CMS is seeking comments on an extension of a currently approved collection entitled: Detailed Notice of Discharge (DND). When a Medicare beneficiary requests a Quality Improvement Organization review of his/her inpatient hospital discharge, hospitals and Medicare plans have used the DND to provide the beneficiary with a detailed explanation regarding the reason for discharge. FR, Pages 29135-29137
CMS is seeking comments on an extension of a currently approved collection entitled: Important Message from Medicare (IM). Hospitals have used the Important Message from Medicare (IM) to inform original Medicare, Medicare Advantage, and other Medicare plan beneficiaries who are hospital inpatients about their hospital rights and discharge rights. In particular, the IM provides information about when a beneficiary will and will not be liable for charges for a continued stay in a hospital and offers a detailed description of the Quality Improvement Organization review process. FR, Pages 29135-29137
CMS is seeking comments on a new collection entitled: Broker Data Collection in Federally-facilitated Health Insurance Exchanges. Both section 1312(e) of the Affordable Care Act and 45 CFR 155.220 permit states to allow agents and brokers to enroll qualified individuals, employers, and employees in QHPs, including through the Exchange; and assist individuals in applying for advance payments of the premium tax credit and cost-sharing reductions. Agents and brokers will serve as additional access points to the Exchange for individuals, SHOP employers or SHOP employees requiring or desiring agent and broker assistance. In order to interface with the Federally-facilitated Exchange (FFE), agents and brokers must establish an account and obtain a user ID through the CMS Enterprise Portal. Additionally, agents and brokers must register for, and successfully complete, Exchange-specific training, which enforces their understanding of eligibility and enrollment requirements in Exchanges. Agents and brokers must also apply this understanding to the use or development of any non-Exchange Web site, such as an issuer's or web broker's Web site, used as a tool for enrollment. At the conclusion of training, agents and brokers will attest to adhere to FFE standards and requirements. Web-brokers will sign and submit a similar agreement. FR, Pages 29135-29137
CMS is seeking comments an extension without change of a currently approved collection entitled: Notification of Fiscal Intermediaries (FIs) and CMS of Co-located Medicare Providers and Supporting Regulations in 42 CFR 412.22 and 412.532. Many long-term care hospitals (LTCHs) are co-located with other Medicare providers (acute care hospitals, inpatient rehabilitation facilities (IRFs), skilled nursing facilities (SNFs), and psychiatric facilities), which leads to potential gaming of the Medicare system based on patient shifting. We are requiring LTCHs to notify fiscal intermediaries (FIs), Medicare administrative contractors (MACs), and CMS of co-located providers and establish policies to limit payment abuse that will be based on FIs and MACs tracking patient movement among these co-located providers 42 CFR 412.22(e)(6) and (h)(5). Based upon being able to identify co-located providers, FIs, MACs, and CMS will be able to track patient shifting between LTCHs and other in-patient providers which will lead to appropriate payments under Sec. 412.532. That section limits payments to LTCHs where over 5 percent of admissions represent patients who had been sequentially discharged by the LTCH, admitted to an on-site provider, and subsequently readmitted to the LTCH. Since each discharge triggers a Medicare payment, we implemented this policy to discourage payment abuse. FR, Pages 29137-29139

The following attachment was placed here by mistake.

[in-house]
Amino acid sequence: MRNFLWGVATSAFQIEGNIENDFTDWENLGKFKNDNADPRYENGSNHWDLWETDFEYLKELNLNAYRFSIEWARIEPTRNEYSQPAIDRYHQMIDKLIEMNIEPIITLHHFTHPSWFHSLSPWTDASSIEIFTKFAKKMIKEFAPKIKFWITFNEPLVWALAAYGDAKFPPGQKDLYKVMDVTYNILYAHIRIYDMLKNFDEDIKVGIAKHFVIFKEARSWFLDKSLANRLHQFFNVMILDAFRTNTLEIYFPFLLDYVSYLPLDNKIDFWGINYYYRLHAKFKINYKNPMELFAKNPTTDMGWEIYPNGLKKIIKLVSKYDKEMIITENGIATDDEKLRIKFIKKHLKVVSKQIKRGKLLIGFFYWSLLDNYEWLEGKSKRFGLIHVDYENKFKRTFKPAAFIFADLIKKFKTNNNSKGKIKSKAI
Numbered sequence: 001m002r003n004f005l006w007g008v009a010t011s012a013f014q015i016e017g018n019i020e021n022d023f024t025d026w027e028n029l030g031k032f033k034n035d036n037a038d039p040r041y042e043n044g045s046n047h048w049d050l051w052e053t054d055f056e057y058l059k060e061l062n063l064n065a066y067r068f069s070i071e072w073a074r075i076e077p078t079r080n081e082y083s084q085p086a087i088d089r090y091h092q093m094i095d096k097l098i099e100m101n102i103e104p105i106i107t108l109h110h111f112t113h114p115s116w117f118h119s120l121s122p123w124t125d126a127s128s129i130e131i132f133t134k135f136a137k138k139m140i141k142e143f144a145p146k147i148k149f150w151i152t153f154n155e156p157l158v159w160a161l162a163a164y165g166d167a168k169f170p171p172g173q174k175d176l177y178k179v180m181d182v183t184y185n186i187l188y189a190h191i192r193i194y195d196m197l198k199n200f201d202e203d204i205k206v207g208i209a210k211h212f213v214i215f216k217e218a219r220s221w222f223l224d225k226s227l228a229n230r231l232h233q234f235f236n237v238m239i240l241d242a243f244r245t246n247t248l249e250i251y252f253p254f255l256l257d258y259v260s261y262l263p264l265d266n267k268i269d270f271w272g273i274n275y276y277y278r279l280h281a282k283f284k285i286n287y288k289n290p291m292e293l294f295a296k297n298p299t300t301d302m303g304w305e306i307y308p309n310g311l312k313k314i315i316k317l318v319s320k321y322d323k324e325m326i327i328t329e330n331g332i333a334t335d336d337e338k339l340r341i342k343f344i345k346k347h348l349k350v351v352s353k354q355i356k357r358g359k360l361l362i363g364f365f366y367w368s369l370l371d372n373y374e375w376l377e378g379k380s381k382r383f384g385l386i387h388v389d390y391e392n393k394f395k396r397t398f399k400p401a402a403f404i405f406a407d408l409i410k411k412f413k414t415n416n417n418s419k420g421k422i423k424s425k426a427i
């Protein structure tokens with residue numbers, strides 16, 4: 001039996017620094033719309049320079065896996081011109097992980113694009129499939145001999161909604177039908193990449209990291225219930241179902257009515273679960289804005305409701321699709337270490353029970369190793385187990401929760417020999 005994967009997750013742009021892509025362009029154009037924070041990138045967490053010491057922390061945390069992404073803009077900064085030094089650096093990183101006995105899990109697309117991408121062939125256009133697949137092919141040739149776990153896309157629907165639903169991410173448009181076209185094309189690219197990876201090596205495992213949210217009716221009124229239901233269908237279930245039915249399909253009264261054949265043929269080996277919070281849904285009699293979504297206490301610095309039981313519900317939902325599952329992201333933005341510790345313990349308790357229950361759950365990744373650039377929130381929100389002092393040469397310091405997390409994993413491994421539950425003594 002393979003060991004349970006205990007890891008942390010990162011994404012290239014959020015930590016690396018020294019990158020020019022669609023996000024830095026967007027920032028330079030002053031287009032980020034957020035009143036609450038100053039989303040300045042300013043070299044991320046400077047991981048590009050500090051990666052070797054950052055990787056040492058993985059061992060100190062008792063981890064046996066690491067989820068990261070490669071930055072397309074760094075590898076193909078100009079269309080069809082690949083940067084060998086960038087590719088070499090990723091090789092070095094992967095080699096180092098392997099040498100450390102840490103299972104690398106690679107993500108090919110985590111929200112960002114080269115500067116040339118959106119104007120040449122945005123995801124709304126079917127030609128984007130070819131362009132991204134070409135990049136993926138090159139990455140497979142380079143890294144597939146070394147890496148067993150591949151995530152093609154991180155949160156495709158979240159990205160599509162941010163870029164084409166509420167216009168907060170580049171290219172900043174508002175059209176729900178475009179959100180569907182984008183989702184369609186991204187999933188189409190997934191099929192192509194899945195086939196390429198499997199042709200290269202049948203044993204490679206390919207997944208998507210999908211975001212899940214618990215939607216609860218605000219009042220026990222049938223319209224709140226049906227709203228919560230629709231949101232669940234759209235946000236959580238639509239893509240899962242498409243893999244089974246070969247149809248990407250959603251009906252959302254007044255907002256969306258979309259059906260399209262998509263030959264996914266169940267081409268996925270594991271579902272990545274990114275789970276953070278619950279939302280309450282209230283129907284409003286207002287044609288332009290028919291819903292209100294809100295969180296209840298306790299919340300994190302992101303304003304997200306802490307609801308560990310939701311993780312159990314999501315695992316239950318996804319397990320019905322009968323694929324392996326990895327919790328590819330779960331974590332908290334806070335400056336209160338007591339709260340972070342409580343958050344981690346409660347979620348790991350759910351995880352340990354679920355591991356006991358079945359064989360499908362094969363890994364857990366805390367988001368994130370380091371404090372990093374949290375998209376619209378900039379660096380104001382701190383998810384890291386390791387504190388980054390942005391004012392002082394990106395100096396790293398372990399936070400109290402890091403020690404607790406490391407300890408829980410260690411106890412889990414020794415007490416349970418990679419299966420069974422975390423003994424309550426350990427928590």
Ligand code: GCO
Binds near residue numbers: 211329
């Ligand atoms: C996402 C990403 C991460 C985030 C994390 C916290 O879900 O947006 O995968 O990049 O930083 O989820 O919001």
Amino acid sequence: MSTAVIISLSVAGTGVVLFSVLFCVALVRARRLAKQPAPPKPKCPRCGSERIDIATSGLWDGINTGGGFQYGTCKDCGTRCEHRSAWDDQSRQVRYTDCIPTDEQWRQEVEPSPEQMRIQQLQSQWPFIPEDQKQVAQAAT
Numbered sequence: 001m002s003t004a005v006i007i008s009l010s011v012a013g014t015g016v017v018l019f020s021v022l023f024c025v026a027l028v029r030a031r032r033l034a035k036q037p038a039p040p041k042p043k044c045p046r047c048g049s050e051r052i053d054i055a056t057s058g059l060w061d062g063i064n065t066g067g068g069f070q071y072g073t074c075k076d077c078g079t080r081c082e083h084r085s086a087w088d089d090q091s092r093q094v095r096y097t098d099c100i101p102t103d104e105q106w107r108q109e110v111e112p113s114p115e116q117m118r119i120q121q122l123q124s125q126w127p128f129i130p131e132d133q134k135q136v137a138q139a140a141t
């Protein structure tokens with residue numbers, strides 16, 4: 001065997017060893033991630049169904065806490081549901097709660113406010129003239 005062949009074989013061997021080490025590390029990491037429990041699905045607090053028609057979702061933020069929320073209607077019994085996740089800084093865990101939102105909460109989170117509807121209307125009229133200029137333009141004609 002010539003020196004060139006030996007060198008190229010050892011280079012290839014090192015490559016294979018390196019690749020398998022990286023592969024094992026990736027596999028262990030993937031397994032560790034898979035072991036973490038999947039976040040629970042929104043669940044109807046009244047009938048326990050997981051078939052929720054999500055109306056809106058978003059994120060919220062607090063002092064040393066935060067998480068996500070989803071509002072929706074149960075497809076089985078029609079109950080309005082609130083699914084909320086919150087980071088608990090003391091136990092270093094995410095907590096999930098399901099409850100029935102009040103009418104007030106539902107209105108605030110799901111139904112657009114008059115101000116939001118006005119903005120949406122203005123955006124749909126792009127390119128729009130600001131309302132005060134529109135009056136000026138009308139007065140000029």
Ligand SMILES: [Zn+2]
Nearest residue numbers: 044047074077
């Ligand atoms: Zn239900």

CMS is seeking comments a reinstatement with a change of a previously approved collection entitled: Mandatory Insurer Reporting Requirements of Section 111 of the Medicare, Medicaid and SCHIP Act of 2007. Section 111 of the Medicare, Medicaid and SCHIP Extension Act of 2007 (Pub. L. 110-173) (MMSEA) amends the Medicare Secondary Payer (MSP) provisions of the Social Security Act (42 U.S.C. 1395y(b)) to provide for mandatory reporting by group health plan arrangements and by liability insurance (including self-insurance), no-fault insurance, and workers' compensation laws and plans. The law provides that, notwithstanding any other provision of law, the Secretary of Health and Human Services may implement this provision by program instruction or otherwise. The Secretary has elected not to implement the provision through rulemaking and will implement by publishing instructions on a publicly available Web site and submitting an information collection request to OMB for review and approval of the associated information collection requirements. FR, Pages 29137-29139